In the case of Dr S Ganapathy v Lakeshore Hospital and Research Centre Pvt Ltd After being involved in a motorbike accident, the victim in this case was taken to the Mar Baselious Hospital in Kothamangalam. He was later transferred to the Lakeshore Hospital, where doctors declared him brain dead. After that, his liver and kidneys were removed. The Kollam-based doctor who brought attention to the problem by filing the complaint did so after reading about it in the newspaper. Further investigation revealed that the organ transplant was carried out in a flagrant violation of the law and with the parents’ misinformed consent.
The victim was allegedly refused appropriate care at both hospitals and against the law, his organs were transplanted into a foreign national. According to the report, no apnoea test was performed to assess whether the person was brain dead, and no blood was expelled from the cranium. According to the complainant, this might have saved a life. Furthermore, it was argued that the declaration of brain death was not made in accordance with the prescribed protocol.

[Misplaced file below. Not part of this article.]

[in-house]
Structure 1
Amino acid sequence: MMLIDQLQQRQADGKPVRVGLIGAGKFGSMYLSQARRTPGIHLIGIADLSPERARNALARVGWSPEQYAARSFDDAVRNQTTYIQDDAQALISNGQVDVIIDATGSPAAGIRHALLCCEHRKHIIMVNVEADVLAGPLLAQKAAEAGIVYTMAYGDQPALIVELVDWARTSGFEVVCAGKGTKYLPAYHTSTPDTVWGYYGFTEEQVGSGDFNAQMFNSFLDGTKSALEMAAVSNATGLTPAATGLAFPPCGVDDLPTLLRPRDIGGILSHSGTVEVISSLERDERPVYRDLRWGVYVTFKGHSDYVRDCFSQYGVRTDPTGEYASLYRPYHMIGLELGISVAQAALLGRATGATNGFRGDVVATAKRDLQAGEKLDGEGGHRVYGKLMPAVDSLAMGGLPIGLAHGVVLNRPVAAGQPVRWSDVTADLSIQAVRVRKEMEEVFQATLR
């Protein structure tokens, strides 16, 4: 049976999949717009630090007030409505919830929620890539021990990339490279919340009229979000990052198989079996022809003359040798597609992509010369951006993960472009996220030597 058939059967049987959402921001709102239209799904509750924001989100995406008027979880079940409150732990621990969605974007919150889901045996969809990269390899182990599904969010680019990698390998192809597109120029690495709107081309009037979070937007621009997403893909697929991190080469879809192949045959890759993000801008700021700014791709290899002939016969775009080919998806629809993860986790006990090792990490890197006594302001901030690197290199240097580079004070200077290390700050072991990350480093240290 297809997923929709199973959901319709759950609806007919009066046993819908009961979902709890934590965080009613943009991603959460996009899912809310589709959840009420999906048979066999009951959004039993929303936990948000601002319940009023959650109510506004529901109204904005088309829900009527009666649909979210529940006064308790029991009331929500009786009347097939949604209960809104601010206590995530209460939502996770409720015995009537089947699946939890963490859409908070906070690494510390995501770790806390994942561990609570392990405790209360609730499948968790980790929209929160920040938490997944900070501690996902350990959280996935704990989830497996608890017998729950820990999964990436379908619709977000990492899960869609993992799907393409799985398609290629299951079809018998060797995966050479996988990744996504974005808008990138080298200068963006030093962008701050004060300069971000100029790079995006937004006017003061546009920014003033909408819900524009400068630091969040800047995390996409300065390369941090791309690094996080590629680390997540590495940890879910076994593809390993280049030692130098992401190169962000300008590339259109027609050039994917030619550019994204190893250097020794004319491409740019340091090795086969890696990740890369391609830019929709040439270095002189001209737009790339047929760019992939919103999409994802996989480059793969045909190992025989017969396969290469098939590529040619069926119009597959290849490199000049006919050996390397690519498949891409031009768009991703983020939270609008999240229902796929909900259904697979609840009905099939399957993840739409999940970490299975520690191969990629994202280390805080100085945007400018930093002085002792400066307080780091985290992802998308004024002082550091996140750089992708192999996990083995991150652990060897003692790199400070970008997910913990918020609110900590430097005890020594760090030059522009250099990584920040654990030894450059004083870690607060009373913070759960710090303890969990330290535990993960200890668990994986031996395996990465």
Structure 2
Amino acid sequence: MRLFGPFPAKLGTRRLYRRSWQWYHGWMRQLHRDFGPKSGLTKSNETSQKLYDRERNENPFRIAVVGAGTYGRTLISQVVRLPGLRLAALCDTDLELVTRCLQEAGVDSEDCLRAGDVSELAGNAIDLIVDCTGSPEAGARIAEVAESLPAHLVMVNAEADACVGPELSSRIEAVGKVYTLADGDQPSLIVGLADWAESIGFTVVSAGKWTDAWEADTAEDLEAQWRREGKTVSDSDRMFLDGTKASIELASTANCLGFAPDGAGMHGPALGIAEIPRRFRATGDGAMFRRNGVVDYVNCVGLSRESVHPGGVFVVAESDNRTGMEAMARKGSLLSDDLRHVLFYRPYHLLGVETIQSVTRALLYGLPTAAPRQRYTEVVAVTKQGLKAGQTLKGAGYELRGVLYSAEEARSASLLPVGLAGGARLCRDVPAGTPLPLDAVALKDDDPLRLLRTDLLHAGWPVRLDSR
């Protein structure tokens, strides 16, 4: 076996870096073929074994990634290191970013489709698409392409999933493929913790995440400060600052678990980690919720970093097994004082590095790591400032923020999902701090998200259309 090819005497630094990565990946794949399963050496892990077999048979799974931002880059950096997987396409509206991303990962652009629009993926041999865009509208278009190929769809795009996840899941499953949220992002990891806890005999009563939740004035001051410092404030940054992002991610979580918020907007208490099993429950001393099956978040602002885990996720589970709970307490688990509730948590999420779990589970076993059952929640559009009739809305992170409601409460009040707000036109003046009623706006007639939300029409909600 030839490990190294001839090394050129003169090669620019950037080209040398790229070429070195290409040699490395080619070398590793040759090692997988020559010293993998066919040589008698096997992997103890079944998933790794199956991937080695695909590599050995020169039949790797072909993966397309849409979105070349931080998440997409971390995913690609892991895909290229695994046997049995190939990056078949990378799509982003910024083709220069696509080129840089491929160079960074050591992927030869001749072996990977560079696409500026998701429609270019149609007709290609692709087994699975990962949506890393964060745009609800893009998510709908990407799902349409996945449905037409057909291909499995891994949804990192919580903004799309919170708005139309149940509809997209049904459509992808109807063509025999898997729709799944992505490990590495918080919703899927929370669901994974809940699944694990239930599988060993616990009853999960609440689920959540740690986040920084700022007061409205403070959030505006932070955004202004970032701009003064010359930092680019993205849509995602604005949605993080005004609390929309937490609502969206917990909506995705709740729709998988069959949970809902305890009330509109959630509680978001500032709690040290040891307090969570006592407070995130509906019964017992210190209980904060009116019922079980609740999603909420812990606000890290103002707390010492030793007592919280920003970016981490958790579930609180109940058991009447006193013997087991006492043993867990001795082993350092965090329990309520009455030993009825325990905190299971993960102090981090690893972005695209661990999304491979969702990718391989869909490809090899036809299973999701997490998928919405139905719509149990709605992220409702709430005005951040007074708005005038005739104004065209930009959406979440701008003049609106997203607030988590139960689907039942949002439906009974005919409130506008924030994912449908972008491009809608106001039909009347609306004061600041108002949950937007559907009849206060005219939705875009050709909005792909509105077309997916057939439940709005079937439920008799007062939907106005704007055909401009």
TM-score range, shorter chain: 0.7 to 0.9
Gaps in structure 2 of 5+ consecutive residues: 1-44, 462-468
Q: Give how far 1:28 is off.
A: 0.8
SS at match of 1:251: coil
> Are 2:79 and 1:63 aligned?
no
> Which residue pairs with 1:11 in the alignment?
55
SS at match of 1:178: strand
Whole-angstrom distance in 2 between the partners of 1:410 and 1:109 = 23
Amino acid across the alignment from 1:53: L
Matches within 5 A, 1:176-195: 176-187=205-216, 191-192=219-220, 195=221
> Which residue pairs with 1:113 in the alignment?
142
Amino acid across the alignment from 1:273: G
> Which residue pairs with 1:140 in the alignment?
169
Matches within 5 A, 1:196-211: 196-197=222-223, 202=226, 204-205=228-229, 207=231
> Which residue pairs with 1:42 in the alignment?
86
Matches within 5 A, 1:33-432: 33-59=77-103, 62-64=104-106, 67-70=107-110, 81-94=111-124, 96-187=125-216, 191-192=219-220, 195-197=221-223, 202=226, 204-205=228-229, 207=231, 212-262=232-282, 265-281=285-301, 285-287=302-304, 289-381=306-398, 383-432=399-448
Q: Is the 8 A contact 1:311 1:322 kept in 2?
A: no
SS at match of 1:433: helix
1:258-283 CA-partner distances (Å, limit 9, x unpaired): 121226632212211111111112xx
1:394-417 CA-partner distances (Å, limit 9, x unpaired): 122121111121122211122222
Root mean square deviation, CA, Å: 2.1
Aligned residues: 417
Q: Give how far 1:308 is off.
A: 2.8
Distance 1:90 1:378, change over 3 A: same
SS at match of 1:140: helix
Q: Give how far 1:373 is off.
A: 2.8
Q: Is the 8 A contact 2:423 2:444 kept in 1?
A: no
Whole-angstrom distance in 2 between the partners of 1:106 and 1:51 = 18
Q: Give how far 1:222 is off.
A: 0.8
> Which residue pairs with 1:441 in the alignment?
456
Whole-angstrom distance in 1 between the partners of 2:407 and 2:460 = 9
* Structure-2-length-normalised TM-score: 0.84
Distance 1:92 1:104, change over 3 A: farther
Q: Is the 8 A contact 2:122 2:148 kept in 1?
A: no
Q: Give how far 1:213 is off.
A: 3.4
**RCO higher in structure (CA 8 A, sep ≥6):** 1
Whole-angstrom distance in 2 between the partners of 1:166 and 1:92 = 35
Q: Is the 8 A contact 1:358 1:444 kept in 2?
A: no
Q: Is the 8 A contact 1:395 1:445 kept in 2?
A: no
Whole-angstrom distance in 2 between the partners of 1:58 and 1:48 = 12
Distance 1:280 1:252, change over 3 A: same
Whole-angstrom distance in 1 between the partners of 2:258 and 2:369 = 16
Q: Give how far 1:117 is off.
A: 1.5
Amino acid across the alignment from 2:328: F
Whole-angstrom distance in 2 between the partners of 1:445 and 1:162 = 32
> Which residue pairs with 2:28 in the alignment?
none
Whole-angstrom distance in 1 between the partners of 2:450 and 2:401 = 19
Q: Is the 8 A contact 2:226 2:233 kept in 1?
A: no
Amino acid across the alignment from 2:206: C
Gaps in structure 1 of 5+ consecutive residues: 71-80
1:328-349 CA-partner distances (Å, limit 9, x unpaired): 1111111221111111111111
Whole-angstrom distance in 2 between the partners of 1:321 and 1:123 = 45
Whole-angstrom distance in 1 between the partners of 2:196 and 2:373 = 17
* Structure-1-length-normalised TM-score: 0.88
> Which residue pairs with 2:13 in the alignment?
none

Analysis of Court Decision
In response to a complaint alleging illegal organ transplantation, a Kerala court has issued summonses to the Lakeshore Hospital in Kochi and eight doctors. Judicial I Class Magistrate Eldos Mathew issued the order after concluding that a prima facie case had been established against the defendants under the Transplantation of Human Organs Act.
The Supreme Court’s ruling in Lalankumar Singh v. State of Maharashtra, where it was determined that the order of issuing the process is not merely a formality, was cited by the Court. The court further decided that the Magistrate must exercise his judgement in determining whether there are sufficient grounds for proceeding in the case or not. The order must explicitly describe how such an opinion was formed. If no justification is provided for the decision to find a prima facie case against the accused, the ruling may be overturned. Without a doubt, the order need not include specific justifications.
The Court considered the complainant’s different arguments in light of this background. It was thought that the victim’s life might have been saved if the evacuation protocol had been followed, however, neither hospital made any attempt to carry it out. The Court also pointed out that the transplantation team had already seen the patient and a liver function test had been completed before brain death was officially declared. The Transplantation of Human Organs Act, 1994 (pre-amended)’s sections 18, 20, and 21 were complied with by the complainant, therefore summonses were issued to each and every accused in light of this.